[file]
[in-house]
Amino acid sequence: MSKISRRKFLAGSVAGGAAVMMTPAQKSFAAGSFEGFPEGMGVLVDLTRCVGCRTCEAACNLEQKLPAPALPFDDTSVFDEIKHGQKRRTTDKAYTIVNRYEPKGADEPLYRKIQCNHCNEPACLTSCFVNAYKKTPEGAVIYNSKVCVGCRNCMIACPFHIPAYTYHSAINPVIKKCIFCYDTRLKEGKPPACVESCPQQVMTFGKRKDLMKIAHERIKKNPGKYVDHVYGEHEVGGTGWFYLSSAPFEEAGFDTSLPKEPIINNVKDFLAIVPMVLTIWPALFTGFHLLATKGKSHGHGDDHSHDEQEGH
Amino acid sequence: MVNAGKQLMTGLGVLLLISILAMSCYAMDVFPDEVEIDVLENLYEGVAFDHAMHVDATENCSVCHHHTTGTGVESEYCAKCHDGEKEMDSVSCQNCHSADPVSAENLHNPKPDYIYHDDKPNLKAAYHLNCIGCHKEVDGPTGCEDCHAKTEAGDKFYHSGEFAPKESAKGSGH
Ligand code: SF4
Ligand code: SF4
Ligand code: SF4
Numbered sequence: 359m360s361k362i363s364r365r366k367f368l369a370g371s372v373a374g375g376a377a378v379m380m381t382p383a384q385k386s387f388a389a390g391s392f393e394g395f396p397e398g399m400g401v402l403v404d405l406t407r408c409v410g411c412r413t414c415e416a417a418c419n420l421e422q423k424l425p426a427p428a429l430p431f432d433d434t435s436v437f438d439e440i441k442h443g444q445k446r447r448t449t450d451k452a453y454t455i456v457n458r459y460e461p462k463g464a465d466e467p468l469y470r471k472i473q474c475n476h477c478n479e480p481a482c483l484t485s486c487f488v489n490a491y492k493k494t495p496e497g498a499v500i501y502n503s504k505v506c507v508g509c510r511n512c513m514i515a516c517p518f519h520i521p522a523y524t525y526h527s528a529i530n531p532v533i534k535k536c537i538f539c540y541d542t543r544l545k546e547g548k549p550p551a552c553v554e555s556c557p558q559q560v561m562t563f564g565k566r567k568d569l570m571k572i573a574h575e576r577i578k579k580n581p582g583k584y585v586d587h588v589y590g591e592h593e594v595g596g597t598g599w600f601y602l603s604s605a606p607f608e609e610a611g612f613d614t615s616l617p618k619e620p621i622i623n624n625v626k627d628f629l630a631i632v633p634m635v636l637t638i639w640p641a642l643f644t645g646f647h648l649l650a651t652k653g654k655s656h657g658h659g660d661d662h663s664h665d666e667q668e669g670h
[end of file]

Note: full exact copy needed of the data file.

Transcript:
[in-house]
Amino acid sequence: MSKISRRKFLAGSVAGGAAVMMTPAQKSFAAGSFEGFPEGMGVLVDLTRCVGCRTCEAACNLEQKLPAPALPFDDTSVFDEIKHGQKRRTTDKAYTIVNRYEPKGADEPLYRKIQCNHCNEPACLTSCFVNAYKKTPEGAVIYNSKVCVGCRNCMIACPFHIPAYTYHSAINPVIKKCIFCYDTRLKEGKPPACVESCPQQVMTFGKRKDLMKIAHERIKKNPGKYVDHVYGEHEVGGTGWFYLSSAPFEEAGFDTSLPKEPIINNVKDFLAIVPMVLTIWPALFTGFHLLATKGKSHGHGDDHSHDEQEGH
Amino acid sequence: MVNAGKQLMTGLGVLLLISILAMSCYAMDVFPDEVEIDVLENLYEGVAFDHAMHVDATENCSVCHHHTTGTGVESEYCAKCHDGEKEMDSVSCQNCHSADPVSAENLHNPKPDYIYHDDKPNLKAAYHLNCIGCHKEVDGPTGCEDCHAKTEAGDKFYHSGEFAPKESAKGSGH
Ligand code: SF4
Ligand code: SF4
Ligand code: SF4
Numbered sequence: 359m360s361k362i363s364r365r366k367f368l369a370g371s372v373a374g375g376a377a378v379m380m381t382p383a384q385k386s387f388a389a390g391s392f393e394g395f396p397e398g399m400g401v402l403v404d405l406t407r408c409v410g411c412r413t414c415e416a417a418c419n420l421e422q423k424l425p426a427p428a429l430p431f432d433d434t435s436v437f438d439e440i441k442h443g444q445k446r447r448t449t450d451k452a453y454t455i456v457n458r459y460e461p462k463g464a465d466e467p468l469y470r471k472i473q474c475n476h477c478n479e480p481a482c483l484t485s486c487f488v489n490a491y492k493k494t495p496e497g498a499v500i501y502n503s504k505v506c507v508g509c510r511n512c513m514i515a516c517p518f519h520i521p522a523y524t525y526h527s528a529i530n531p532v533i534k535k536c537i538f539c540y541d542t543r544l545k546e547g548k549p550p551a552c553v554e555s556c557p558q559q560v561m562t563f564g565k566r567k568d569l570m571k572i573a574h575e576r577i578k579k580n581p582g583k584y585v586d587h588v589y590g591e592h593e594v595g596g597t598g599w600f601y602l603s604s605a606p607f608e609e610a611g612f613d614t615s616l617p618k619e620p621i622i623n624n625v626k627d628f629l630a631i632v633p634m635v636l637t638i639w640p641a642l643f644t645g646f647h648l649l650a651t652k653g654k655s656h657g658h659g660d661d662h663s664h665d666e667q668e669g670h